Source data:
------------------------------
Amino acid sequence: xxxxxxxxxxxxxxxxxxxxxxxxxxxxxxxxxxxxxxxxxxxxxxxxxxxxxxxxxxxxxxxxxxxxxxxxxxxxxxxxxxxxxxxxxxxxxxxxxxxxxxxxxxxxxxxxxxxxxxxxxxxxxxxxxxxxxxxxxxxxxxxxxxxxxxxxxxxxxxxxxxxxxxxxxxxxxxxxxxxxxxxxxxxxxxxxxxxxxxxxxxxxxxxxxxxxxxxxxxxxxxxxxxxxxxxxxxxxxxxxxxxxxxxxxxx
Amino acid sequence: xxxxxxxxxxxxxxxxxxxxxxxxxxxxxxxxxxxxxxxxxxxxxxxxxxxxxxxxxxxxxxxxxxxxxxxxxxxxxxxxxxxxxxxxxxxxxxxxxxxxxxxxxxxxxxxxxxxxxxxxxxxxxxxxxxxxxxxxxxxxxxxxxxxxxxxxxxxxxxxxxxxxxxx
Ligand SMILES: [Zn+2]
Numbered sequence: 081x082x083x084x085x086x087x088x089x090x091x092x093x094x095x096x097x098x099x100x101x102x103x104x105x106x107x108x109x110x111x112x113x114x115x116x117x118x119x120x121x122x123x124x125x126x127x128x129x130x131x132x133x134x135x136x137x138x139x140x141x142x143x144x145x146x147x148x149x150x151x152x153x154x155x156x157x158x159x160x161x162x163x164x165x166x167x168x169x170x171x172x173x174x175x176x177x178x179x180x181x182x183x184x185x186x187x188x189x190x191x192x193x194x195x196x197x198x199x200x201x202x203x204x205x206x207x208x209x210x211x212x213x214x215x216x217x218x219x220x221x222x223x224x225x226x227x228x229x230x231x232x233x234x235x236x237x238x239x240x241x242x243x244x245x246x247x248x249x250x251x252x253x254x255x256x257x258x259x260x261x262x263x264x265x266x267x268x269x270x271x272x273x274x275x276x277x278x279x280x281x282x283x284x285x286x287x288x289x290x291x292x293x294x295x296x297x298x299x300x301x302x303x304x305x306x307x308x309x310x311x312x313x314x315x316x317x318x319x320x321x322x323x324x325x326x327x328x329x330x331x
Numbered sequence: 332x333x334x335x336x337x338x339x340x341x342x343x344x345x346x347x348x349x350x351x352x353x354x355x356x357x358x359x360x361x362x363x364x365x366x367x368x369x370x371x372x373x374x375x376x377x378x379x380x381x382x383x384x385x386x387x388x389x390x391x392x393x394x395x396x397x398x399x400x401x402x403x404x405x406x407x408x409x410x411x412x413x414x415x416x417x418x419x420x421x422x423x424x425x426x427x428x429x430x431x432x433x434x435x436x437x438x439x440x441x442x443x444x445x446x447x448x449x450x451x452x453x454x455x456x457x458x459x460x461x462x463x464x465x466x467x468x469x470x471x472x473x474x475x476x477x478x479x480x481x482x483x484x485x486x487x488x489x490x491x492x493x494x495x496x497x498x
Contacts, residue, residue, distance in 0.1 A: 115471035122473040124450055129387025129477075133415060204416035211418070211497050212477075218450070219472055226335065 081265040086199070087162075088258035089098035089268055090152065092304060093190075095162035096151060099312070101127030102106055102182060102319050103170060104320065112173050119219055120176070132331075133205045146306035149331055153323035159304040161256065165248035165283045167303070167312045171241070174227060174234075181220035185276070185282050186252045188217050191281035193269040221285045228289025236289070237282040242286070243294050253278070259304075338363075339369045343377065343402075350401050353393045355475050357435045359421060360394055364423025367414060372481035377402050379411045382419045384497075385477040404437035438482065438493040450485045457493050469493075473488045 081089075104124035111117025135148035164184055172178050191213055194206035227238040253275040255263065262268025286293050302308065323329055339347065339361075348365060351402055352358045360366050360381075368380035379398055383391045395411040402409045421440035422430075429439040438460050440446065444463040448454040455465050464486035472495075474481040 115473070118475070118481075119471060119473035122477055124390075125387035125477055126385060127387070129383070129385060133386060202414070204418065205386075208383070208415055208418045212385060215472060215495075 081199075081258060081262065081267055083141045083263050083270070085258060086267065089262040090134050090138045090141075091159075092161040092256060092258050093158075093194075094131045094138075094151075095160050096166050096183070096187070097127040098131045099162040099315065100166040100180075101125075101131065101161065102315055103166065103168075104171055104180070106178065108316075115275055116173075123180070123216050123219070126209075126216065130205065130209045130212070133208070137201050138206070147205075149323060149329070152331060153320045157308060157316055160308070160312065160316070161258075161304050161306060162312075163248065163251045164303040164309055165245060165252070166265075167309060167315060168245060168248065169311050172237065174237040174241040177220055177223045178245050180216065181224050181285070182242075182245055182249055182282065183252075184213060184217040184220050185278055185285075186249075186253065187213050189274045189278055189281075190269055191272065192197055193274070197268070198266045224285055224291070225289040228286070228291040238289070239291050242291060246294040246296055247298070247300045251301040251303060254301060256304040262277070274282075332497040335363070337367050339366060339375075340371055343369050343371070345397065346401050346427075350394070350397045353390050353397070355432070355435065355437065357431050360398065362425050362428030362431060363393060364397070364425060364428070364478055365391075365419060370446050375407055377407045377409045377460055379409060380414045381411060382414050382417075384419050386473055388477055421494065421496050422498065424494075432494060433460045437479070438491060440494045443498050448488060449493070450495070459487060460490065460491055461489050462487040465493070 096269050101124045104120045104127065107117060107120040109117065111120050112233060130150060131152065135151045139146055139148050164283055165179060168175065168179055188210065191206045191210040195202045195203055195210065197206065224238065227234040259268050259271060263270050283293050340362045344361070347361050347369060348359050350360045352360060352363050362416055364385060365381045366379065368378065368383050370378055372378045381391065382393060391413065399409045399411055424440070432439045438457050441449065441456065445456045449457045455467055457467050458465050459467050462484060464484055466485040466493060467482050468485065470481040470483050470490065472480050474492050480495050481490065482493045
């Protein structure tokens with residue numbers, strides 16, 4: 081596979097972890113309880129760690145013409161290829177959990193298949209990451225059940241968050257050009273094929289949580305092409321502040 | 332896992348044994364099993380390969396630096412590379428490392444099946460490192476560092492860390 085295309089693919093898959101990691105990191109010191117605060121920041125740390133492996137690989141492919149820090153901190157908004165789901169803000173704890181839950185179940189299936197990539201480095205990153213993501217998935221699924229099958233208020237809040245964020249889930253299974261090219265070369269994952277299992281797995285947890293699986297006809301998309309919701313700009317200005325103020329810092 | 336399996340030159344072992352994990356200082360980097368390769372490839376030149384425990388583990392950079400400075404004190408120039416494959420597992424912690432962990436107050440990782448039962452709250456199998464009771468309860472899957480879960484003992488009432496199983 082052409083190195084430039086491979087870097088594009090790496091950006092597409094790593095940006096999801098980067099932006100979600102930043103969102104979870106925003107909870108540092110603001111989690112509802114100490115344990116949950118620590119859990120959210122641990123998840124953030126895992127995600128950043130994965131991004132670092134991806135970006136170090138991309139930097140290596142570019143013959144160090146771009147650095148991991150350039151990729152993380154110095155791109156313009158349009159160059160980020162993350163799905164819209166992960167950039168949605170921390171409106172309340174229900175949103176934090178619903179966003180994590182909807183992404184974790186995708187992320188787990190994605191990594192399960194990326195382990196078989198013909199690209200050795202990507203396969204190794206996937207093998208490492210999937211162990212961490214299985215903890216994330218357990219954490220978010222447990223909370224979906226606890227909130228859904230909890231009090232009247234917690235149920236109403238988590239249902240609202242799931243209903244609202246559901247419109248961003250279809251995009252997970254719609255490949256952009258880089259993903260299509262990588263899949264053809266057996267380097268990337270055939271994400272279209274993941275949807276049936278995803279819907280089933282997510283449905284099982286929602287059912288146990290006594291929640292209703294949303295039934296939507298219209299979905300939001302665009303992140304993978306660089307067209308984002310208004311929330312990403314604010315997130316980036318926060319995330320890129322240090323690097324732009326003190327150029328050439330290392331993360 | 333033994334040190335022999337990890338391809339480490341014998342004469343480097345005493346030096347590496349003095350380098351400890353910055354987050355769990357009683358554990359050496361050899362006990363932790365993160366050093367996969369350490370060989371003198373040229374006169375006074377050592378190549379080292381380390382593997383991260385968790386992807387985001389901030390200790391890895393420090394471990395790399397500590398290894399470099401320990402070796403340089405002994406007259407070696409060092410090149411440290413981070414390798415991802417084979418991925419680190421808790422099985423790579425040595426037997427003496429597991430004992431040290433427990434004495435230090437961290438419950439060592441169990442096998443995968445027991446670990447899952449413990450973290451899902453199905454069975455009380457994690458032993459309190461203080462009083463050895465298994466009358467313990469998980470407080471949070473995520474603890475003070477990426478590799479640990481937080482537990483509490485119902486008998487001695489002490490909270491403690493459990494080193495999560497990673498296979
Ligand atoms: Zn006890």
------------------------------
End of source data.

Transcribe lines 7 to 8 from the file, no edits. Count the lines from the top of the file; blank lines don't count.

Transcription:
């Protein structure tokens with residue numbers, strides 16, 4: 081596979097972890113309880129760690145013409161290829177959990193298949209990451225059940241968050257050009273094929289949580305092409321502040 | 332896992348044994364099993380390969396630096412590379428490392444099946460490192476560092492860390 085295309089693919093898959101990691105990191109010191117605060121920041125740390133492996137690989141492919149820090153901190157908004165789901169803000173704890181839950185179940189299936197990539201480095205990153213993501217998935221699924229099958233208020237809040245964020249889930253299974261090219265070369269994952277299992281797995285947890293699986297006809301998309309919701313700009317200005325103020329810092 | 336399996340030159344072992352994990356200082360980097368390769372490839376030149384425990388583990392950079400400075404004190408120039416494959420597992424912690432962990436107050440990782448039962452709250456199998464009771468309860472899957480879960484003992488009432496199983 082052409083190195084430039086491979087870097088594009090790496091950006092597409094790593095940006096999801098980067099932006100979600102930043103969102104979870106925003107909870108540092110603001111989690112509802114100490115344990116949950118620590119859990120959210122641990123998840124953030126895992127995600128950043130994965131991004132670092134991806135970006136170090138991309139930097140290596142570019143013959144160090146771009147650095148991991150350039151990729152993380154110095155791109156313009158349009159160059160980020162993350163799905164819209166992960167950039168949605170921390171409106172309340174229900175949103176934090178619903179966003180994590182909807183992404184974790186995708187992320188787990190994605191990594192399960194990326195382990196078989198013909199690209200050795202990507203396969204190794206996937207093998208490492210999937211162990212961490214299985215903890216994330218357990219954490220978010222447990223909370224979906226606890227909130228859904230909890231009090232009247234917690235149920236109403238988590239249902240609202242799931243209903244609202246559901247419109248961003250279809251995009252997970254719609255490949256952009258880089259993903260299509262990588263899949264053809266057996267380097268990337270055939271994400272279209274993941275949807276049936278995803279819907280089933282997510283449905284099982286929602287059912288146990290006594291929640292209703294949303295039934296939507298219209299979905300939001302665009303992140304993978306660089307067209308984002310208004311929330312990403314604010315997130316980036318926060319995330320890129322240090323690097324732009326003190327150029328050439330290392331993360 | 333033994334040190335022999337990890338391809339480490341014998342004469343480097345005493346030096347590496349003095350380098351400890353910055354987050355769990357009683358554990359050496361050899362006990363932790365993160366050093367996969369350490370060989371003198373040229374006169375006074377050592378190549379080292381380390382593997383991260385968790386992807387985001389901030390200790391890895393420090394471990395790399397500590398290894399470099401320990402070796403340089405002994406007259407070696409060092410090149411440290413981070414390798415991802417084979418991925419680190421808790422099985423790579425040595426037997427003496429597991430004992431040290433427990434004495435230090437961290438419950439060592441169990442096998443995968445027991446670990447899952449413990450973290451899902453199905454069975455009380457994690458032993459309190461203080462009083463050895465298994466009358467313990469998980470407080471949070473995520474603890475003070477990426478590799479640990481937080482537990483509490485119902486008998487001695489002490490909270491403690493459990494080193495999560497990673498296979
Ligand atoms: Zn006890």